Looking for answers on small scale waste to energy

Tenterfield and Moree Plains Councils, New South Wales, together with support from another eight councils have committed funding for a major research study to identify small scale waste to energy options. 

With $160,000 out of $540,000 committed to the study so far, there is still a distance to go with the funding although more councils are signing on as the project gains momentum. 

The research project would look at how low–grade plastics, cardboard and paper in particular, are used overseas in ‘waste to energy’ facilities, reducing the ever increasing amount of material buried in landfills and creating low carbon energy to use locally or feed into the grid.

The problem so far has been the small scale of Regional NSW communities and lower population density than most city areas where waste to energy plants are already proven solutions. 

The project will determine the smallest scale solution proven to be economically and environmentally sound regionally.

Tenterfield Shire Council Chief Executive, Terry Dodds, said, “The time to hide our waste problem in ever increasing landfill sites is drawing to a close. 

“Local Government needs to seize the lead on addressing these issues given the failures at a state and federal level.”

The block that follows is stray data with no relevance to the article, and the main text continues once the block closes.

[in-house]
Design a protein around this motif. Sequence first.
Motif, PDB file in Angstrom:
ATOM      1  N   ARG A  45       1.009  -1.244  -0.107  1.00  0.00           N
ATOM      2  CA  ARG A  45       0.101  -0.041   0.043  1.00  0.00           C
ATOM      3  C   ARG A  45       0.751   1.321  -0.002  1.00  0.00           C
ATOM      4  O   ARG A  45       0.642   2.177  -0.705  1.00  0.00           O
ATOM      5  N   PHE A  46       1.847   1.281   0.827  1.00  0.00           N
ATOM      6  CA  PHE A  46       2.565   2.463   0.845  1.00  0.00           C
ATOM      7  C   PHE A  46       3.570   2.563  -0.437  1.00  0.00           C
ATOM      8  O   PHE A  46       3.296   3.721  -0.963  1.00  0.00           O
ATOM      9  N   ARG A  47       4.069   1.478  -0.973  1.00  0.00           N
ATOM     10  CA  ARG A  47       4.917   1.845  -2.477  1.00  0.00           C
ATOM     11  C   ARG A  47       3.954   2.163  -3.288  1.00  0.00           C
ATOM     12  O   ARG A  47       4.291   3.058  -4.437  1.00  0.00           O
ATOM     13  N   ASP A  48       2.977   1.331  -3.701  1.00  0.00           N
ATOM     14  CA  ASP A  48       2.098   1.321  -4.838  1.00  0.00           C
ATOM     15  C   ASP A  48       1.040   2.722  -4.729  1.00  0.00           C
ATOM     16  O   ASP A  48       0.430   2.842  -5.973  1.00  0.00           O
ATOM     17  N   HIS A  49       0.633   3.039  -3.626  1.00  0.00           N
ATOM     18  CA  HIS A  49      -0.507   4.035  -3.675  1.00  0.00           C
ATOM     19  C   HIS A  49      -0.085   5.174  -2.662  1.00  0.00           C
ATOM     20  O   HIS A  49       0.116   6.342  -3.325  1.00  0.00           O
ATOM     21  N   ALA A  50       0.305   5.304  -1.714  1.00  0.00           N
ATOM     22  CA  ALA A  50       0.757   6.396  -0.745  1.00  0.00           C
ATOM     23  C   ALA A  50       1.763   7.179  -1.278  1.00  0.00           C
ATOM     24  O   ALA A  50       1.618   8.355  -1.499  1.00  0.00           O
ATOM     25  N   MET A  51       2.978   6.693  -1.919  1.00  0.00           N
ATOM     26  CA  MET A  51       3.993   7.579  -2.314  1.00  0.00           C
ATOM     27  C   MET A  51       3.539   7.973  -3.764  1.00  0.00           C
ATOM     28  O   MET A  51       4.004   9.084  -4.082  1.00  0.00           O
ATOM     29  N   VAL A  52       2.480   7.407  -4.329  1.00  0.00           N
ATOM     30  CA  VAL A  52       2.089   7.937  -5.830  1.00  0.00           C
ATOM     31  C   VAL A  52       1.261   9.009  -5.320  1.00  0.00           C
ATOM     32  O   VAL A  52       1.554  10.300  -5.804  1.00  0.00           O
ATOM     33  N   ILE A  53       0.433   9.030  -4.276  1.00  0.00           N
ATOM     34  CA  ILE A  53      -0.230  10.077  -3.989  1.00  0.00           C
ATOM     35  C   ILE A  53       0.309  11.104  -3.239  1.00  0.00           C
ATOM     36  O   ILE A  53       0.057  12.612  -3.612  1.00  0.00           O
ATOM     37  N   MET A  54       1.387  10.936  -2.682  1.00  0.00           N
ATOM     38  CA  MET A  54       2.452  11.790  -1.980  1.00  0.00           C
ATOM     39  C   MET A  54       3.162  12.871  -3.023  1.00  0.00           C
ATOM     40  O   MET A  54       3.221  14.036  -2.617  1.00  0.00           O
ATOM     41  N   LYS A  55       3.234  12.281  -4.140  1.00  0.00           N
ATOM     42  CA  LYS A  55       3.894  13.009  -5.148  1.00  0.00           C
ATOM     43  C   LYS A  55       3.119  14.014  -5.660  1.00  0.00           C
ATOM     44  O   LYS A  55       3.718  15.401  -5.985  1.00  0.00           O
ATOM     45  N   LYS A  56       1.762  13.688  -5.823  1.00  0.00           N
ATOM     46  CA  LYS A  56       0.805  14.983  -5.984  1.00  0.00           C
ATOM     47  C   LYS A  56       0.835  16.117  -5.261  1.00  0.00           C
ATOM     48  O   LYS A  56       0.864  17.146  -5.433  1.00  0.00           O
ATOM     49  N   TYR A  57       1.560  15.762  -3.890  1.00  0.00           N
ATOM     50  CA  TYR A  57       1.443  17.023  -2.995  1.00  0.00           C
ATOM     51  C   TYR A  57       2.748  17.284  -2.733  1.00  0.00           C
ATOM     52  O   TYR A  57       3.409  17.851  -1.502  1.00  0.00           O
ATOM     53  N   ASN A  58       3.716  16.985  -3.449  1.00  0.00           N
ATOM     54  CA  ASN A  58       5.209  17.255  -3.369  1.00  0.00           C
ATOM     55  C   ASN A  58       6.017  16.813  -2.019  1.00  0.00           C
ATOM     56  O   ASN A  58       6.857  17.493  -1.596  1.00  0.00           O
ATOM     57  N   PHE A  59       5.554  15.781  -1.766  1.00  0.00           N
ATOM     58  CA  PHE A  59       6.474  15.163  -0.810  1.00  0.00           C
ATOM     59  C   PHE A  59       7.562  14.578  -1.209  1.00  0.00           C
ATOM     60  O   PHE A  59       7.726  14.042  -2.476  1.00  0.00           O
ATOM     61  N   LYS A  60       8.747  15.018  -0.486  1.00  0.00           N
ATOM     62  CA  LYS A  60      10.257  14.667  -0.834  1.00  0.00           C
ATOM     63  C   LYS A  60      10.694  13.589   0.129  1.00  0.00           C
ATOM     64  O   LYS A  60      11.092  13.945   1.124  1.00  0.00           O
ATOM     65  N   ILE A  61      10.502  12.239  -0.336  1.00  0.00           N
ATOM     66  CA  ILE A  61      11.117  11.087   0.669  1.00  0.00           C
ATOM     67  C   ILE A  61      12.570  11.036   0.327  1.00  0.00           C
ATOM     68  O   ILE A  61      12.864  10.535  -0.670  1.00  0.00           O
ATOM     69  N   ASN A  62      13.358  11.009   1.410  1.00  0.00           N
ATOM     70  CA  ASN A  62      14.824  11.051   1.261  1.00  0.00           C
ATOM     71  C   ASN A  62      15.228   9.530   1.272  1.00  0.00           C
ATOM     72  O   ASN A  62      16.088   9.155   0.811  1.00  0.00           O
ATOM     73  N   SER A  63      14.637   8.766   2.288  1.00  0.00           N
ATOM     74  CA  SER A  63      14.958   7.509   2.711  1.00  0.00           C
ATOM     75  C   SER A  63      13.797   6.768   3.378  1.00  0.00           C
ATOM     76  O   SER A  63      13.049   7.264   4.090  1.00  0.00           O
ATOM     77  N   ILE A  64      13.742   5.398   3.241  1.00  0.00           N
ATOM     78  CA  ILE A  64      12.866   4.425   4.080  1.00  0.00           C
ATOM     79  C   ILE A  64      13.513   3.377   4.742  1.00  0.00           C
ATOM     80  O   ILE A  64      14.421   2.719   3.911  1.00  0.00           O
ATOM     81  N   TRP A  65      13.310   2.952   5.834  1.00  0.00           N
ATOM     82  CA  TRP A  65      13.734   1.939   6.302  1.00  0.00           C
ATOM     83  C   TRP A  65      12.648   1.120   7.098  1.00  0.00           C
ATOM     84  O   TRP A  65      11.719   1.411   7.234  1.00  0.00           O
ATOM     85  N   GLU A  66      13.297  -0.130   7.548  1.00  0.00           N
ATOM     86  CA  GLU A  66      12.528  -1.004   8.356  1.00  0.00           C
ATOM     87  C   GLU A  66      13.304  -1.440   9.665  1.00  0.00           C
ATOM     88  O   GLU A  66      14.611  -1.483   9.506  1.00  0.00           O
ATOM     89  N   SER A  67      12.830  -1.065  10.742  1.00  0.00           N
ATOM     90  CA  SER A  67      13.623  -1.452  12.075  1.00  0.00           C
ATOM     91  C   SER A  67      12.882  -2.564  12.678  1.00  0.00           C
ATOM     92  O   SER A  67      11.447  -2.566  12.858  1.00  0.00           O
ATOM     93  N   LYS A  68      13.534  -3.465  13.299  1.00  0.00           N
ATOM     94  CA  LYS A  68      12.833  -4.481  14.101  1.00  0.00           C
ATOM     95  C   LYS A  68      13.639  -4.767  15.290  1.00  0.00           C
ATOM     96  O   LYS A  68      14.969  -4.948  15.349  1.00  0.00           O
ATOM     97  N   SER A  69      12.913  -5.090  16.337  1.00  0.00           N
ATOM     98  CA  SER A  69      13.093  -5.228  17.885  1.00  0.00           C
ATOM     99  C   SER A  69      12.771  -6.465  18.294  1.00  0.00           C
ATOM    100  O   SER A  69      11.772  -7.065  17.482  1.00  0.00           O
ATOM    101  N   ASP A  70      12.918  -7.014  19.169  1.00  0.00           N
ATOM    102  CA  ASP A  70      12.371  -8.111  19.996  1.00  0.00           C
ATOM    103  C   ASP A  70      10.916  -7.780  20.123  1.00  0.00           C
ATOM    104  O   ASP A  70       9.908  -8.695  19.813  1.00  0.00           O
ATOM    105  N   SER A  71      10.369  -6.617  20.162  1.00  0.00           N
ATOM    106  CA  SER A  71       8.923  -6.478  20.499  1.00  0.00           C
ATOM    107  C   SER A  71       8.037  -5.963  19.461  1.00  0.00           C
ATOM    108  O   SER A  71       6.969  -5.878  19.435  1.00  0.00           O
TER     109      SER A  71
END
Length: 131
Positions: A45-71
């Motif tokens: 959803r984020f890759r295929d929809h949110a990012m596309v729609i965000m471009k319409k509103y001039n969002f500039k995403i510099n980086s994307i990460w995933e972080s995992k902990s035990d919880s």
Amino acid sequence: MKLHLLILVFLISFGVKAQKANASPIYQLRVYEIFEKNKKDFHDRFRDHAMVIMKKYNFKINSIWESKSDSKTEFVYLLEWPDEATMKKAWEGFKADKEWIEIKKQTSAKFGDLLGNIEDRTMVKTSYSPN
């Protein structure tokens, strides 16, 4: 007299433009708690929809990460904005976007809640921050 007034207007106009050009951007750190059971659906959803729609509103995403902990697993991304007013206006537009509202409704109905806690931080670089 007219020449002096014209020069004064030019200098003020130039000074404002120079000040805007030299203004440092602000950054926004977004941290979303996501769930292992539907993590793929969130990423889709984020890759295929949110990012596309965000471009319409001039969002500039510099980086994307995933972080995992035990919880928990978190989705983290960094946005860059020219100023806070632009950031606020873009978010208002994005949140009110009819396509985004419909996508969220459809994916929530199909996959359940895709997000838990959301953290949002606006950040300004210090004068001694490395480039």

Director of Planning and Community Development, Moree Plains Shire, Angus Witherby, said, “To finish off a single cell at our waste management facility will cost the residents and ratepayers of this Shire some $3 million to $4 million.

“We have many better things to do with that money in terms of supporting the development of our community”.

Tenterfield Shire Mayor, Peter Petty, said, “As the market for recyclables remains diminished and existing land fill sites reach capacity, a waste to energy facility could address the growing waste problem for many regional councils.

“This could include Tenterfield, as we will need to spend in the order of $4 million in two years’ time on a new waste cell.”

The NSW Country Mayors Association has invited all councils in NSW to contribute to the study. 

Chair of the NSW Country Mayors Association, Katrina Humphries, said, “We are looking at contributions of $15,000 per council which, compared to the costs of dealing with waste, it’s chicken-feed.”

Tenterfield Shire Council have met with the NSW Office of Regional Economic Development to seek financial assistance and general project assistance.